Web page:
Staying at a guest house or bed and breakfast owned by locals will offer more of a peek into the lives of the people who live where your ancestors once lived. A trip back to your ancestor’s homeland can be life-altering. There is an exhilaration that comes from walking your ancestor’s street, sitting in a pew at their church, seeing where they went to school, or standing in their childhood home.
When you retrace the footsteps of the people who helped shape your identity, you can better understand the stories and people of the past that define a considerable portion of what makes you who you are today.
On a recent trip to Hawaii, my husband, our two grown daughters, and I were able to visit the house in Honolulu where my husband’s grandparents lived while his grandfather was stationed there. During his time in Hawaii, he worked on the USS Arizona as a pipefitter, making the railings on the ship. By the grace of God, he was sent home just one day before the attack on Pearl Harbor.
It was an awestruck feeling standing on the bridge at the USS Arizona Memorial, knowing my husband’s grandfather and our daughters’ great-grandfather had a hand in building that ship, not to mention the feelings of gratitude for all the men who died there, and that Anthony Lorusso, for whom my husband is the namesake, lived to carry on the family tree.
Our family also walked the beach at Waikiki and imagined Anthony and his wife, Lillian, had once walked that same path as newlyweds. It was neat to think their feet had once made footprints in the sand on that same beach and their eyes once gazed upon an equally amazing sunset.
Following the advice of Jennifer Utley, director of research at, we read nonfiction historical accounts, along with some historical fiction, to get a sense of the time and place when Anthony’s grandparents were there.
Sometimes connecting to a piece of your family’s heritage may just mean a train ride. My father and mother were married in St. Leonard’s church in the North End, and I enjoyed going there with my Dad as a young child to see the church, and then bringing my husband, and later our daughters there. My mother died when I was three, but it was meaningful to be standing in a place that was a big part of her and my Dad’s story.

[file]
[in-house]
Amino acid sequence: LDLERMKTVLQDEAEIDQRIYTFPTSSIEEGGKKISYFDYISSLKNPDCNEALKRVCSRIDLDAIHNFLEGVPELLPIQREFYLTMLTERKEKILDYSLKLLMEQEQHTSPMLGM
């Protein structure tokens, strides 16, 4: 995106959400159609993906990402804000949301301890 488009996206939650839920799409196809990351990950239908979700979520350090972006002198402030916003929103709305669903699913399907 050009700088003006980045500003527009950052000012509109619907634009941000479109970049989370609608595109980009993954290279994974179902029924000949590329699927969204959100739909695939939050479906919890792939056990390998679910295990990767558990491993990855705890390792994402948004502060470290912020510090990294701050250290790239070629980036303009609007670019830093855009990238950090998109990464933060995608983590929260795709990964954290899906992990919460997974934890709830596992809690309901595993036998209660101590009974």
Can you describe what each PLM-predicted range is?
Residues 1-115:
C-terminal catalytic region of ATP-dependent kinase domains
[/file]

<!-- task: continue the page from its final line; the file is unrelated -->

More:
Truly unforgettable trips, whether near or far, are the ones that feel meaningful. Traveling along the path of the roots of your family tree can enrich your life in a long-lasting way, creating a connection with your legacy.
Genealogy helps to keep your family history alive. The exploratory process helps you to uncover the answers to questions you wish you had asked your parents or grandparents while they were alive. With heritage travel, you can “mine” for some of your family’s historical accounts and pass them on, so future generations can look back to uncover nuggets of wisdom.
Learning about your family’s past can help people to connect more deeply with themselves by learning who their ancestors were, where they came from, what their profession was, the challenges they encountered, and the achievements they made.
There is nothing like walking in the footsteps of your ancestors to make you feel truly connected in the world. Forge ahead on to your trip with the goal of taking in the sights and sounds of the place your ancestors once inhabited and you will not be disappointed.